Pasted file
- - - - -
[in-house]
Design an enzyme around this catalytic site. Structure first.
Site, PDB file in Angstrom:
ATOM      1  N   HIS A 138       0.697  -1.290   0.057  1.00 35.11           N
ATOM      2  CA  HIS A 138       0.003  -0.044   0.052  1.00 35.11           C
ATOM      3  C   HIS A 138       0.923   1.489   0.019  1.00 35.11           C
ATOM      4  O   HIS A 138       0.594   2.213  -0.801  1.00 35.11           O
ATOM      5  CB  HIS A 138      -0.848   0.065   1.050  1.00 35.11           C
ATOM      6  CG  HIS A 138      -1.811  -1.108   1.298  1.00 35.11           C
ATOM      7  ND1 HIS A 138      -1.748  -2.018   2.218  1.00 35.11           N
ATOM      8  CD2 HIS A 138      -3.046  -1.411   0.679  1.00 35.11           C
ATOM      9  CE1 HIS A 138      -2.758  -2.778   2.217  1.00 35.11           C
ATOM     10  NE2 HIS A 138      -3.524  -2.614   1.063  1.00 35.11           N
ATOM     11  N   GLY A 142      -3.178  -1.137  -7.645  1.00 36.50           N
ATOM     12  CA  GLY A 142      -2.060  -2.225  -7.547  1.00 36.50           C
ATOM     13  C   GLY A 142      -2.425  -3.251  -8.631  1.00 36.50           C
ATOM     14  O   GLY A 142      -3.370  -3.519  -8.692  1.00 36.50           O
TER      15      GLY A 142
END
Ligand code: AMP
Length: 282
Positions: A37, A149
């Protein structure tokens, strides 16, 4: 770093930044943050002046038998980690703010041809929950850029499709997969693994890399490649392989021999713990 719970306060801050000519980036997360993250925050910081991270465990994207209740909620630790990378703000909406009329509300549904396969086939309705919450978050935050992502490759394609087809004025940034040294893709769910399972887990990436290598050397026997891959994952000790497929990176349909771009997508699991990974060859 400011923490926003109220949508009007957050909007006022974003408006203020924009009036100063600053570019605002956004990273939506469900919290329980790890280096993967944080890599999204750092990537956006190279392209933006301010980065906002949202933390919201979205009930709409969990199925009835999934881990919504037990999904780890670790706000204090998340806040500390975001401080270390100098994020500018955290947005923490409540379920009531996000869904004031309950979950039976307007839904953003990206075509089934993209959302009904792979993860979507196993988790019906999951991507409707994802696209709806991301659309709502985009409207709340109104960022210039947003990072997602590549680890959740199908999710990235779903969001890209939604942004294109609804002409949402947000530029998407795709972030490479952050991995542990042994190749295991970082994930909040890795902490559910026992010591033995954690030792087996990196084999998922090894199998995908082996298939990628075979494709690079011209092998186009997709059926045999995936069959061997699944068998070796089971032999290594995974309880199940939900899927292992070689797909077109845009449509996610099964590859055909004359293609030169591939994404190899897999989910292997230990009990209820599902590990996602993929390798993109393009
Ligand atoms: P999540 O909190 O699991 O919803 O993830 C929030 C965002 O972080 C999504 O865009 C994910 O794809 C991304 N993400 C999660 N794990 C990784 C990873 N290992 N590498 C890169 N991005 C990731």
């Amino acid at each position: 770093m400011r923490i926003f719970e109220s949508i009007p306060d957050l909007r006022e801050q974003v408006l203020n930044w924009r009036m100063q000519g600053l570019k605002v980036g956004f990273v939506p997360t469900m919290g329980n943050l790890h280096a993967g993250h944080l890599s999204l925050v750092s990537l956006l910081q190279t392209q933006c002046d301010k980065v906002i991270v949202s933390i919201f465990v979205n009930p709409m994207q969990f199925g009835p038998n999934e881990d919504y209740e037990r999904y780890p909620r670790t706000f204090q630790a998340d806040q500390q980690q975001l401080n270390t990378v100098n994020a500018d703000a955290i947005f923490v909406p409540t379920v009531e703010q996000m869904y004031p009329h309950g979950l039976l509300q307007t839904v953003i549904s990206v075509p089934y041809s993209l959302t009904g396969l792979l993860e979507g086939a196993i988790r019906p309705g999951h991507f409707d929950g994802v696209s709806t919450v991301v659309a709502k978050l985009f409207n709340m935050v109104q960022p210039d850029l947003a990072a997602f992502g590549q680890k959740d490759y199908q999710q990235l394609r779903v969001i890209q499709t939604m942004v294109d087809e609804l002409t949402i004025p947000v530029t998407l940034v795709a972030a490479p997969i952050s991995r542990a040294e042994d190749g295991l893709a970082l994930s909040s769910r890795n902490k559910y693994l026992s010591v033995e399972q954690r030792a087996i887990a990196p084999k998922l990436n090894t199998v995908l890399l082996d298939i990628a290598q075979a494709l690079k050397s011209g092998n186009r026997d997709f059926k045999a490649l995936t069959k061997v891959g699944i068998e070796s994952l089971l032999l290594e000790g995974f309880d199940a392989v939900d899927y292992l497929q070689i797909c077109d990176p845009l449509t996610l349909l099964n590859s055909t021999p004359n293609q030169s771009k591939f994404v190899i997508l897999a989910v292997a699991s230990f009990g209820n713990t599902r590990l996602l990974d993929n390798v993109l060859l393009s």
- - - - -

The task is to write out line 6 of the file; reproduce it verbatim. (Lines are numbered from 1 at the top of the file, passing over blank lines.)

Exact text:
ATOM      3  C   HIS A 138       0.923   1.489   0.019  1.00 35.11           C